Above all, you only need to say six words to prove that Putin has now earned himself the title of the most incompetent and unsuccessful Russian leader for a century:
Putin has provoked Germany to rearm.
This is not a criticism of the German government's decision to increase defence spending: in the present circumstances it is only sensible for all European nations to review the effectiveness of our defences. But if I were leading Russia, one of the first aims if not the first aim of my foreign policy would have been to ensure that Germany continued the renunciation of militarism which the country adopted after World War II in reaction to the horrors of Nazism, a policy Germany continued to follow for seventy-five years. It is almost impossible to overstate what a massive failure of Russian policy it was to push Germany into a decision to double defence spending.
Sadly, nothing in this catalogue of Russian failures means that Ukraine has won or that the war will end any time soon. Putin is largely insulated from the suffering his disastrous policies are inflicting on the people of Russia and it is very difficult to see him backing down in the near future.
However, the one thing which even the most savage repression and the most comprehensive suppression of bad news cannot conceal is that large numbers of Russian soldiers are dying in Ukraine. The former Soviet Union gave up attempting to maintain a military occupation of Afghanistan after nine years and after losing 15,000 dead soldiers. There are huge discrepancies between different estimates and claims about how many Russian soldiers have been killed during Putin's invasion of Ukraine, but it is clearly in the thousands and if the number of Russian fatal casualties is at or near the higher end of the range of estimates by Western intelligence agencies, they've lost as many people in Ukraine in a month as the Soviets lost in Afghanistan in nine years.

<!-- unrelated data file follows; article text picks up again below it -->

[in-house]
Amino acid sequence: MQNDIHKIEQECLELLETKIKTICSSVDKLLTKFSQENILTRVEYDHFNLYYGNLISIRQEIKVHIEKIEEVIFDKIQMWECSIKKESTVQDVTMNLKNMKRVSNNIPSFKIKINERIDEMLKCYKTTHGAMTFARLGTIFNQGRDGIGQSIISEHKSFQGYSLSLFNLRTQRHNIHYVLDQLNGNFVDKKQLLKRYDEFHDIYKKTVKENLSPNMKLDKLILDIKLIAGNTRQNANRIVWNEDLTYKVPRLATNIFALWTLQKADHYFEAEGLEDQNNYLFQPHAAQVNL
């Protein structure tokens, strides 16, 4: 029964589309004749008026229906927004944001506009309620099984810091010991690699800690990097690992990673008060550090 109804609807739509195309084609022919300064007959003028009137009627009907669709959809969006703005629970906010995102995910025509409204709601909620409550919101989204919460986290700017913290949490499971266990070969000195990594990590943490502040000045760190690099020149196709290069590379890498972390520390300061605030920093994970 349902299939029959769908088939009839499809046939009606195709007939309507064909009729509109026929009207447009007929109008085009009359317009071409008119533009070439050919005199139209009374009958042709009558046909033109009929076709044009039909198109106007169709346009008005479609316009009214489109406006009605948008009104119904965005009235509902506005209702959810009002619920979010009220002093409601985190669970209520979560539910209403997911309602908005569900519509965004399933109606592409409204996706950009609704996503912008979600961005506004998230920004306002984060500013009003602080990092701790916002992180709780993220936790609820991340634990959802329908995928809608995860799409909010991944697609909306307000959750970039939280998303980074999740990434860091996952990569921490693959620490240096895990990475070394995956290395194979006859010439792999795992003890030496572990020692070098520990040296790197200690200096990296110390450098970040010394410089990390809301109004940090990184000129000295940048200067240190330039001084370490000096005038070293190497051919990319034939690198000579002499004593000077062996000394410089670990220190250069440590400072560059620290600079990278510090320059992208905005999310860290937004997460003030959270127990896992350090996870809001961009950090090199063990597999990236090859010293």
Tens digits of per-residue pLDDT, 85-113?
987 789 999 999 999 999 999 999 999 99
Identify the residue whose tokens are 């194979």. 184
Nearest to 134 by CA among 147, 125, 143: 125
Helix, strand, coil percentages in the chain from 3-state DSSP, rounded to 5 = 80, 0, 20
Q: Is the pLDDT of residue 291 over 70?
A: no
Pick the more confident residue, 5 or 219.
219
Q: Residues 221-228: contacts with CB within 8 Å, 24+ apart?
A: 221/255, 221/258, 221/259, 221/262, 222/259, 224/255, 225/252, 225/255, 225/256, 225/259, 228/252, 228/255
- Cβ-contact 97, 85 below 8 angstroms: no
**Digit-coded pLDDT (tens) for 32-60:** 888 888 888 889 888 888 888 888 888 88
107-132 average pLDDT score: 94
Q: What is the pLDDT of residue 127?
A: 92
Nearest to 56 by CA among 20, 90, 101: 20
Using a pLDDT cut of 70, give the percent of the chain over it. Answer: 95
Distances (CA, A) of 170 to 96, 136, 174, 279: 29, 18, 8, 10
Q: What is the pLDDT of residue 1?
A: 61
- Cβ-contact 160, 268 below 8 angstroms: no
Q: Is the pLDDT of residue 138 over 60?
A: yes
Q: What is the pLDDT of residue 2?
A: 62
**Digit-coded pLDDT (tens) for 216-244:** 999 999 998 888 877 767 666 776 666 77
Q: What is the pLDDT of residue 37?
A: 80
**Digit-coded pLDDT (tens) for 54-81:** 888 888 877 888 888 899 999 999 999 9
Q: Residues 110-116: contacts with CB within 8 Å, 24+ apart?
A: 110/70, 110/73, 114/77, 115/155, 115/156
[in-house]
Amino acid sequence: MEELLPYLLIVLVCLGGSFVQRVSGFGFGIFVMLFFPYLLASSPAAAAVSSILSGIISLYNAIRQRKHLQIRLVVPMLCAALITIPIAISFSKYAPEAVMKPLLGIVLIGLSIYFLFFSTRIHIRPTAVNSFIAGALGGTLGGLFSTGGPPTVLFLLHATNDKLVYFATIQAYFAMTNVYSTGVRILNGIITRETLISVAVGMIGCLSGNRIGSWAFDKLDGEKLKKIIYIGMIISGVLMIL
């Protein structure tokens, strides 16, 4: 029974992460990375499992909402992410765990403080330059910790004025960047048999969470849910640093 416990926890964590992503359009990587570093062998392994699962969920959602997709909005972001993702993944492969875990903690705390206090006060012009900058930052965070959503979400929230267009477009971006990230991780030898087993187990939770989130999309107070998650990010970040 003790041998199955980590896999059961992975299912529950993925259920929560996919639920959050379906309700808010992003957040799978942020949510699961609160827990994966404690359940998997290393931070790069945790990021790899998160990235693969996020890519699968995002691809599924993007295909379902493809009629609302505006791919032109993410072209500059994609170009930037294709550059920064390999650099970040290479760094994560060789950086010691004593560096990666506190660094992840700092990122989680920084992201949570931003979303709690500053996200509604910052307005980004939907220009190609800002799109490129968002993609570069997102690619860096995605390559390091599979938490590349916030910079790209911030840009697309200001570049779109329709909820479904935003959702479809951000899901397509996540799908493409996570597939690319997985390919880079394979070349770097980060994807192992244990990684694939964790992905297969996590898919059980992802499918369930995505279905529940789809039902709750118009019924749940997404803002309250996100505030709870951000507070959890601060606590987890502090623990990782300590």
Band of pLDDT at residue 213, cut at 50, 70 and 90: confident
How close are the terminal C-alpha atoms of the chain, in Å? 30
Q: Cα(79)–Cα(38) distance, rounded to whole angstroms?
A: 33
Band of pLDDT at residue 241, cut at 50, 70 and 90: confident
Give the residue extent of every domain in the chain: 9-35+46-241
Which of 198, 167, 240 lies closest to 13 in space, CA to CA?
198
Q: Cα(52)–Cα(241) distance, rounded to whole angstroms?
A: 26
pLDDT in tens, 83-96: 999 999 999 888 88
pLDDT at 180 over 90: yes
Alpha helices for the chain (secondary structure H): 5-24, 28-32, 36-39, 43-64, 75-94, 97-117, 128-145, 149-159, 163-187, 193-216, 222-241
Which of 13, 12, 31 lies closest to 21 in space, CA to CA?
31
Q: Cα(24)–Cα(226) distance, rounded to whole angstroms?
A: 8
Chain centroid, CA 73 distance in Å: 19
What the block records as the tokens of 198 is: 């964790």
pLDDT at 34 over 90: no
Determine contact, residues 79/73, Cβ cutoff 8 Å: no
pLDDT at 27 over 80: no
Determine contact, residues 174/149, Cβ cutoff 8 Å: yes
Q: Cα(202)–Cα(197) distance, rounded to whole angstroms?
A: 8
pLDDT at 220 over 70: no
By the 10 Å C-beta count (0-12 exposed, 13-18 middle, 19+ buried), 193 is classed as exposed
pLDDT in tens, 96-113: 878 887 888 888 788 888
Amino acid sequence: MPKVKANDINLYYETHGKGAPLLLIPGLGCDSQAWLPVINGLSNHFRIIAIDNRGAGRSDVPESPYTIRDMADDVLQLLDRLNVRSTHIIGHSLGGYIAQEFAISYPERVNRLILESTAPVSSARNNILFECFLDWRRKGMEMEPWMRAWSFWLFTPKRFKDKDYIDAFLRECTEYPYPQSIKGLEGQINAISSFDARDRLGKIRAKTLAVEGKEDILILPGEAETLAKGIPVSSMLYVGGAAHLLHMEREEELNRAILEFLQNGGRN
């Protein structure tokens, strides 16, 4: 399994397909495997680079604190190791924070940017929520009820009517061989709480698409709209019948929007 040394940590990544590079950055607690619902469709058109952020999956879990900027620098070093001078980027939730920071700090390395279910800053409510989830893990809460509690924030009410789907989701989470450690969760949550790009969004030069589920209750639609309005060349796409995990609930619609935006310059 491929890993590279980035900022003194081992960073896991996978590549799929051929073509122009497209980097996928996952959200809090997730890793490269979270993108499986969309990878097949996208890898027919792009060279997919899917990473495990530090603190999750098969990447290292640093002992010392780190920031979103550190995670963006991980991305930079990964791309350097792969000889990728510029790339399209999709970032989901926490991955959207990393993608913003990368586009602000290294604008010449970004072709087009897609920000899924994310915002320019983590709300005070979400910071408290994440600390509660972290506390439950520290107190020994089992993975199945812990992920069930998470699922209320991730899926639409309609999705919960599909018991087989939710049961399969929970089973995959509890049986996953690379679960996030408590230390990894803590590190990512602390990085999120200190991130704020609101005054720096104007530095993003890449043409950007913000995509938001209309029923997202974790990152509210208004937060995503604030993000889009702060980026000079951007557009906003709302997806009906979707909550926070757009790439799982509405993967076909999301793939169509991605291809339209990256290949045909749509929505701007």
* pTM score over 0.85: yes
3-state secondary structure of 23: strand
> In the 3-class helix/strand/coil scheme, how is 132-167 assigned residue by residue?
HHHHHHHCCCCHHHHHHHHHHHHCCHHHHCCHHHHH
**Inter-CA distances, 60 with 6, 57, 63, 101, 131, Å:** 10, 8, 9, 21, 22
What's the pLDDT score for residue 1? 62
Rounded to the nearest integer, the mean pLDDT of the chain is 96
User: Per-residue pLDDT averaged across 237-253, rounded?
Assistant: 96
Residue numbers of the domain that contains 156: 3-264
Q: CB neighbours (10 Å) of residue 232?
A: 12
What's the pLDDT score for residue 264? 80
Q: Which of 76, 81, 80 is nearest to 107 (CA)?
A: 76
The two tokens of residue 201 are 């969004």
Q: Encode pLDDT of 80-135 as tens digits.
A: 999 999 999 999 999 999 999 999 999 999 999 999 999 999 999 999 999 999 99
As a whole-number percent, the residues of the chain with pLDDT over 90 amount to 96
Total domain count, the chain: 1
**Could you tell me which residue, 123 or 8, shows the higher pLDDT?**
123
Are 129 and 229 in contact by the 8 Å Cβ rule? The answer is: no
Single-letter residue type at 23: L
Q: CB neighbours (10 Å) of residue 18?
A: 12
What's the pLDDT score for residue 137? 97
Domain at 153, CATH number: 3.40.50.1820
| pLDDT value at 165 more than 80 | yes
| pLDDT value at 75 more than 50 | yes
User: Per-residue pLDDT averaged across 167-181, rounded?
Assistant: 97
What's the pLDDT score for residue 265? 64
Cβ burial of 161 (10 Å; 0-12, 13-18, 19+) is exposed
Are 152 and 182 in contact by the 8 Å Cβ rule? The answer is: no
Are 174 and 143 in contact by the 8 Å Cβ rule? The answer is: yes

These deaths cannot be concealed from the families of the dead, and the scale of losses will inevitably leak out into the rest of Russian society - and sooner or later it will also become obvious that all these young men are dying for nothing.
It is not for people in the rest of the world to decide who should rule the Russian Federation: it should be for the people of Russia to make that decision, preferably in a free election. The present regime does not have a history of allowing those.
However, difficult a coup or popular revolution against Putin would be to mount, Russians will not put up with the casualty rate they are suffering in Ukraine for ever, It may take months: it may take years. And during those months or years there may be periods which Russian arms are more successful than they have been to date. But Russia simply does not have the military manpower to occupy Ukraine in the face of determined resistance. In the longer term, Putin will eventually either have to abandon his attempts to conquer Ukraine or he will be overthrown in favour of someone who will.
In that sense Ukraine will ultimately win, and Putin will ultimately lose.